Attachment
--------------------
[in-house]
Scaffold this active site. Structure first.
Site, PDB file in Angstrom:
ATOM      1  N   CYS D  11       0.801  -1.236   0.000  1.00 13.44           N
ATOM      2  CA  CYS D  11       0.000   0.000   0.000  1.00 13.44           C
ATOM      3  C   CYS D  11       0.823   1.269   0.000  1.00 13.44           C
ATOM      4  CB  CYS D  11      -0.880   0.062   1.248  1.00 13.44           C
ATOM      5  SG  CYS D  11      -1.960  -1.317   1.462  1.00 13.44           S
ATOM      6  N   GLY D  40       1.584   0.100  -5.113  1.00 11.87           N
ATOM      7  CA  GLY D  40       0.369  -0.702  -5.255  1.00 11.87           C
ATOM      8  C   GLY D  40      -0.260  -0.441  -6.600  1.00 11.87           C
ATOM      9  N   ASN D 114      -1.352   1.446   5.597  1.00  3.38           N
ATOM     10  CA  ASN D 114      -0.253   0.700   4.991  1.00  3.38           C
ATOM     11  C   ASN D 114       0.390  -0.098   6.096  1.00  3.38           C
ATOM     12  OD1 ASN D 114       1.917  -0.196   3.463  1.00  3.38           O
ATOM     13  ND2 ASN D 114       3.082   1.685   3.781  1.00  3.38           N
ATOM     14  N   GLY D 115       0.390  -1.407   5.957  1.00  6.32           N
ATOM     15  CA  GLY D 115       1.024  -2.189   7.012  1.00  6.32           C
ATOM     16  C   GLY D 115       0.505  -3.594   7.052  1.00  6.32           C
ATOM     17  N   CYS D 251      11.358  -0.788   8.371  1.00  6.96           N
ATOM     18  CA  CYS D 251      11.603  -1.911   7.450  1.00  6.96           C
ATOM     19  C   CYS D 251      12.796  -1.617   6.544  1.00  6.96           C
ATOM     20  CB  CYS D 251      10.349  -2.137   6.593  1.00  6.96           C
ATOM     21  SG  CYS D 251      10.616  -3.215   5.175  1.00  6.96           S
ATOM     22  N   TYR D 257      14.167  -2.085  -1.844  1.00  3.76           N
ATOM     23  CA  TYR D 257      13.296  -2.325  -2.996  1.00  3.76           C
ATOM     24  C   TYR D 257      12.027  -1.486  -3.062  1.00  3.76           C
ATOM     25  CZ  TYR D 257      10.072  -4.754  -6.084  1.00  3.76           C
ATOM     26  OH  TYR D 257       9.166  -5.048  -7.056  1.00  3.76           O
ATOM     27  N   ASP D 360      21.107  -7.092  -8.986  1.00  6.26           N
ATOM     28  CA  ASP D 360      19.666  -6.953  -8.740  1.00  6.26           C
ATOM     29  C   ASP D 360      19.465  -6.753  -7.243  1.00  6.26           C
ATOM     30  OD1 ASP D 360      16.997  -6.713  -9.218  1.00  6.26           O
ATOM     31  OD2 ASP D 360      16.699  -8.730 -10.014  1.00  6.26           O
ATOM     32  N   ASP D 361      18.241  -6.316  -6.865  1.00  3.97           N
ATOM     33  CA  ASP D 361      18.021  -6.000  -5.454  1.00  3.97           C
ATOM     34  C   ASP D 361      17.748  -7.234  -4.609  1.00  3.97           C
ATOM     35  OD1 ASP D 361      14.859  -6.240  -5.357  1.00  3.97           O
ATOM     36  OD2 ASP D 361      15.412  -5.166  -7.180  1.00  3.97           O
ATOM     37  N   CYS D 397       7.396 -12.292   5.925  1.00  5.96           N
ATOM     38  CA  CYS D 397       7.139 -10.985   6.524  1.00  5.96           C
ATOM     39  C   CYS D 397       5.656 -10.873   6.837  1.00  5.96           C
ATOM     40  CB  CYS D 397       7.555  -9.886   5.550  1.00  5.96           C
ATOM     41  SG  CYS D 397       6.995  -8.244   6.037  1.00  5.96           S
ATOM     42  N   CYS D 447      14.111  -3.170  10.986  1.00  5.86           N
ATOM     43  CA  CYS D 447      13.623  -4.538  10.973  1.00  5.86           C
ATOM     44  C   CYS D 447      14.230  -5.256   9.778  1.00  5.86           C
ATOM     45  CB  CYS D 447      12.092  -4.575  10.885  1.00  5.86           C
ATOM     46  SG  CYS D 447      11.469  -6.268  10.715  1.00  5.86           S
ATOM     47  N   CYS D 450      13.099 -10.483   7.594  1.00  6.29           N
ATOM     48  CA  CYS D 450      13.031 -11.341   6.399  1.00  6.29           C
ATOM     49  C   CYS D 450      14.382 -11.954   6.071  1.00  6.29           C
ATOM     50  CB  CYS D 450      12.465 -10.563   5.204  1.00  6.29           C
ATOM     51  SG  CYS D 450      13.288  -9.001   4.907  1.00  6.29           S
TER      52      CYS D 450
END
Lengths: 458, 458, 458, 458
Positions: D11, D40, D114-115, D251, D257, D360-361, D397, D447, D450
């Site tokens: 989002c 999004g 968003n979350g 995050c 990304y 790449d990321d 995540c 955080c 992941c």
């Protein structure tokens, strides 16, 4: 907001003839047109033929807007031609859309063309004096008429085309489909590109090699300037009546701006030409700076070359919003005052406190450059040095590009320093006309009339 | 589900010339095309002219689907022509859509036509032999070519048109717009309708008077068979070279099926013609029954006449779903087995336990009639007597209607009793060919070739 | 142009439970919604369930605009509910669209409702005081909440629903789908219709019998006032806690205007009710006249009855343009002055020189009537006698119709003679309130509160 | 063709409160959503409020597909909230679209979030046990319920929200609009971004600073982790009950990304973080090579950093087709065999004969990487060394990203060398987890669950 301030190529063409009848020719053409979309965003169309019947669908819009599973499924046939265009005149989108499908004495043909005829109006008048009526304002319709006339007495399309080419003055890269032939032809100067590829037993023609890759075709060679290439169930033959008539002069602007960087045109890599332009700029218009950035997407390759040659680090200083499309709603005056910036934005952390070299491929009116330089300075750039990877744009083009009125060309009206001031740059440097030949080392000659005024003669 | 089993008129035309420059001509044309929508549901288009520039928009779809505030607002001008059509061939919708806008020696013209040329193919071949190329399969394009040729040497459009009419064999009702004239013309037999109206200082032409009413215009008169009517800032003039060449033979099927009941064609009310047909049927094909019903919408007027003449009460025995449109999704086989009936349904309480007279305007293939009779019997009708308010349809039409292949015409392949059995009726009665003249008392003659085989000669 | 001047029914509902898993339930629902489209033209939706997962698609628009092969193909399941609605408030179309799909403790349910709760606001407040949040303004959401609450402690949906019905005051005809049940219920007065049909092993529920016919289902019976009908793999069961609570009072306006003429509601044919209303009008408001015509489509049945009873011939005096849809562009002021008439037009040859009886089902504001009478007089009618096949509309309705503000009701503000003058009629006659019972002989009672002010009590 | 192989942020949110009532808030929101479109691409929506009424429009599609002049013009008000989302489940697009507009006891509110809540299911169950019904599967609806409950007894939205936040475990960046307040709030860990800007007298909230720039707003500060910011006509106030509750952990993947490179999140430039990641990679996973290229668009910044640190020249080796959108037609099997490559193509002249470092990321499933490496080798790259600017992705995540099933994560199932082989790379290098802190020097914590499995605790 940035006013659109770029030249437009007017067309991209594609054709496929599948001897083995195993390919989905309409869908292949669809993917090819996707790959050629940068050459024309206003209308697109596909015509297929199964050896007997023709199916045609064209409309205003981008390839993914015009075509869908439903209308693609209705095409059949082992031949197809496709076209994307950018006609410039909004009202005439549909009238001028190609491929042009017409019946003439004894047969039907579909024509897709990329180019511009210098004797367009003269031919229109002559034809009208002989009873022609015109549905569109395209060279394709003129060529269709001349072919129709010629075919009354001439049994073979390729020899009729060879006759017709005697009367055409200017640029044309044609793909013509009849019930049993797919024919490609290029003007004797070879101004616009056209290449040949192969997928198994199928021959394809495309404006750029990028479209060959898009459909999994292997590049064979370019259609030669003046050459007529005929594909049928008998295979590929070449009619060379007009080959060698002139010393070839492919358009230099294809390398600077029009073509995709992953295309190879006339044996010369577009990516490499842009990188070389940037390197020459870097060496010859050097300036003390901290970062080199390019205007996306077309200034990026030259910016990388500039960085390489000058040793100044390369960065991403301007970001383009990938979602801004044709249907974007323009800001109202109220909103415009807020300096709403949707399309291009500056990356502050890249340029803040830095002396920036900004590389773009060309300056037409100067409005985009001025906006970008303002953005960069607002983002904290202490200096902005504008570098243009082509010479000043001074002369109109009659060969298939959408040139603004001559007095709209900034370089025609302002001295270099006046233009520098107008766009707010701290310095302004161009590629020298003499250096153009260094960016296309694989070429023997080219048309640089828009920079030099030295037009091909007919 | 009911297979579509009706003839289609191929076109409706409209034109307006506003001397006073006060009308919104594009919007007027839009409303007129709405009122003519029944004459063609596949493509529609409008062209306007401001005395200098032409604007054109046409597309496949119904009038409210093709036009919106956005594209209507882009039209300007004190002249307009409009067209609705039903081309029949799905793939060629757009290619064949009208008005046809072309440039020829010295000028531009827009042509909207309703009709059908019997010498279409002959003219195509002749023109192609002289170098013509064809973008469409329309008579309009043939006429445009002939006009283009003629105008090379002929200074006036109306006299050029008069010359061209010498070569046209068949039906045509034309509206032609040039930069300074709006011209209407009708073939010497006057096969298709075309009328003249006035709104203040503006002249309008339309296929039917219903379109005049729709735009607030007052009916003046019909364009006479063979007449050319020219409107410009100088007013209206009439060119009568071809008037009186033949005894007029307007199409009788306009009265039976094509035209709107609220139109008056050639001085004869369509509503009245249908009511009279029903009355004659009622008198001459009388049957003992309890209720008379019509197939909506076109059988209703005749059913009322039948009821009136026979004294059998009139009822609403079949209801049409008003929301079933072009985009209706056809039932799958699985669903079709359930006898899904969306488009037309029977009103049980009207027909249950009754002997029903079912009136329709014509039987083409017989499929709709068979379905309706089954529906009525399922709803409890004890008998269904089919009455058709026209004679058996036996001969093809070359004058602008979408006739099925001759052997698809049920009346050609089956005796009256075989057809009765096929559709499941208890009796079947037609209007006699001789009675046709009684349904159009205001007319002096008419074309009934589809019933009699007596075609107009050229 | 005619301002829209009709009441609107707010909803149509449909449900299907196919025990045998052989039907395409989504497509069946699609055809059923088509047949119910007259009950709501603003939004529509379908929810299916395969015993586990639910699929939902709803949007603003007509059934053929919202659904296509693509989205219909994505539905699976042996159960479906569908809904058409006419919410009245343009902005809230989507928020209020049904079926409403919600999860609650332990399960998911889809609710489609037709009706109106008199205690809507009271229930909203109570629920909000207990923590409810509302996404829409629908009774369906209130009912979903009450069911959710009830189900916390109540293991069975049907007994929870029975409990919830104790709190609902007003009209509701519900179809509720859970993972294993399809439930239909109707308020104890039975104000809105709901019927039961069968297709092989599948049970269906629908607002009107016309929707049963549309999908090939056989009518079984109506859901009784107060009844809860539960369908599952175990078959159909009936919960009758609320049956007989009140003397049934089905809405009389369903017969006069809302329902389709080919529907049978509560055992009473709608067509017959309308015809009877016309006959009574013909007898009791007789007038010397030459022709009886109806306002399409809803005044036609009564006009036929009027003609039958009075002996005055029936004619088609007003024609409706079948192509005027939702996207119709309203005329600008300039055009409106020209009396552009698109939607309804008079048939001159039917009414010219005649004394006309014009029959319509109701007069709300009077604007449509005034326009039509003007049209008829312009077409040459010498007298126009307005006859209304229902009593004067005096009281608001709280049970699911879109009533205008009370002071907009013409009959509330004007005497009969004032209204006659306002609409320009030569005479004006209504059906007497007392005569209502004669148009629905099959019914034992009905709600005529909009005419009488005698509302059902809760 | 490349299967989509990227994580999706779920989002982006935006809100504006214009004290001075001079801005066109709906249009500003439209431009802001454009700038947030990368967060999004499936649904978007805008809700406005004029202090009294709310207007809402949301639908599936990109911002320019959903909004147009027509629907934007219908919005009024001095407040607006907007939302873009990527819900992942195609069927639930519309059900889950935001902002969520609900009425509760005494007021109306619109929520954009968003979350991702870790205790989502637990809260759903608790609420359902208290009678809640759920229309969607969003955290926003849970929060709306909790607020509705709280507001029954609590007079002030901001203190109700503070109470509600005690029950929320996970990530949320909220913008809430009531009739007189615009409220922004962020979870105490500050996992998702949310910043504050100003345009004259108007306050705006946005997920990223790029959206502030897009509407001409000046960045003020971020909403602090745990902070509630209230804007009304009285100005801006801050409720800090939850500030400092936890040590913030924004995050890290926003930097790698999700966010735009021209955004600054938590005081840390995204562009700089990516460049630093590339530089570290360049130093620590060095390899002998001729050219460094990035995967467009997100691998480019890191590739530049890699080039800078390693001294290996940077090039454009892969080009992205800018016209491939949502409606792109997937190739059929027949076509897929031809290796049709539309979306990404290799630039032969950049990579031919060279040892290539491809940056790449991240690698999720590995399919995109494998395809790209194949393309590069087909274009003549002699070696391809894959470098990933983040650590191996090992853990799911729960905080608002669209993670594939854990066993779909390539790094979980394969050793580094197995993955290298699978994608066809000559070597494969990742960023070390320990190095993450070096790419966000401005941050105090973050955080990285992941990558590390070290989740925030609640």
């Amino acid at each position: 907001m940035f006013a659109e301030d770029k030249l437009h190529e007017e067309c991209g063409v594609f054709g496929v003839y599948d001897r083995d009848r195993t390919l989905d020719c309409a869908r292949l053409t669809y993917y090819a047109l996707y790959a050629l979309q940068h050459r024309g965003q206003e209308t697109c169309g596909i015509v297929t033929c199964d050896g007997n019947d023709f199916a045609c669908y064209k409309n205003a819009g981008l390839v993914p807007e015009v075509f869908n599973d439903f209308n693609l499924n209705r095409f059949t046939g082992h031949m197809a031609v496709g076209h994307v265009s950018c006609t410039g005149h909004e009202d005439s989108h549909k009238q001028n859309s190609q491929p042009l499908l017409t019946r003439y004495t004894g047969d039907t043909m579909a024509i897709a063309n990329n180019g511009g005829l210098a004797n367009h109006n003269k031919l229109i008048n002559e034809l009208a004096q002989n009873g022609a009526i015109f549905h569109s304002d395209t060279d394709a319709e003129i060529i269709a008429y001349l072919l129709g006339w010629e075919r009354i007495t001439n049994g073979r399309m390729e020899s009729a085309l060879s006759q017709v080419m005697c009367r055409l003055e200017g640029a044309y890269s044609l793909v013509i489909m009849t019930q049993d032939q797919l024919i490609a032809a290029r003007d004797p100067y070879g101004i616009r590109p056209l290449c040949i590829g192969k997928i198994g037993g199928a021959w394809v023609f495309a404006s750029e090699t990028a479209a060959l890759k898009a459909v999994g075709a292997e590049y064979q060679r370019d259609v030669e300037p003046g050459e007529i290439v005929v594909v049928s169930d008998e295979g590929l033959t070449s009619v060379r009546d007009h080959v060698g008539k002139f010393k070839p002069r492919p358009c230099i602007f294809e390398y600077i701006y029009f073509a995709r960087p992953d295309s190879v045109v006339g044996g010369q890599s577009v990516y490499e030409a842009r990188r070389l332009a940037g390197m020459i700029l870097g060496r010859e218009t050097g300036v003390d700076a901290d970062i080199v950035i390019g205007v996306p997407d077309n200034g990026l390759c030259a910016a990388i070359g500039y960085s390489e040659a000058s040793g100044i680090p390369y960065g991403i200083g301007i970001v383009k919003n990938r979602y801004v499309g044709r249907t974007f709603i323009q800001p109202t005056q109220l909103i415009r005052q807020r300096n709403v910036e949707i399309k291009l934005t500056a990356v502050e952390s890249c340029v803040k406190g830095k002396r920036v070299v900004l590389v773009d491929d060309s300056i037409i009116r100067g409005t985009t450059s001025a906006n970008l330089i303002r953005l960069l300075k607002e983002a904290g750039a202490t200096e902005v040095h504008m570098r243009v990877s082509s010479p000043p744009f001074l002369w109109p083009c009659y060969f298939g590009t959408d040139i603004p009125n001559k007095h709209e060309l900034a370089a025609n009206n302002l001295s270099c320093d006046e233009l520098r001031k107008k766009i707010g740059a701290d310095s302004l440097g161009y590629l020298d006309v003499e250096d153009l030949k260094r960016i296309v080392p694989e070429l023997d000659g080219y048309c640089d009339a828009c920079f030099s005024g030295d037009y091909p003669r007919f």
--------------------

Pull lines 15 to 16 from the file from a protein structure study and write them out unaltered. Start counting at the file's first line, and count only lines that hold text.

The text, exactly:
ATOM     12  OD1 ASN D 114       1.917  -0.196   3.463  1.00  3.38           O
ATOM     13  ND2 ASN D 114       3.082   1.685   3.781  1.00  3.38           N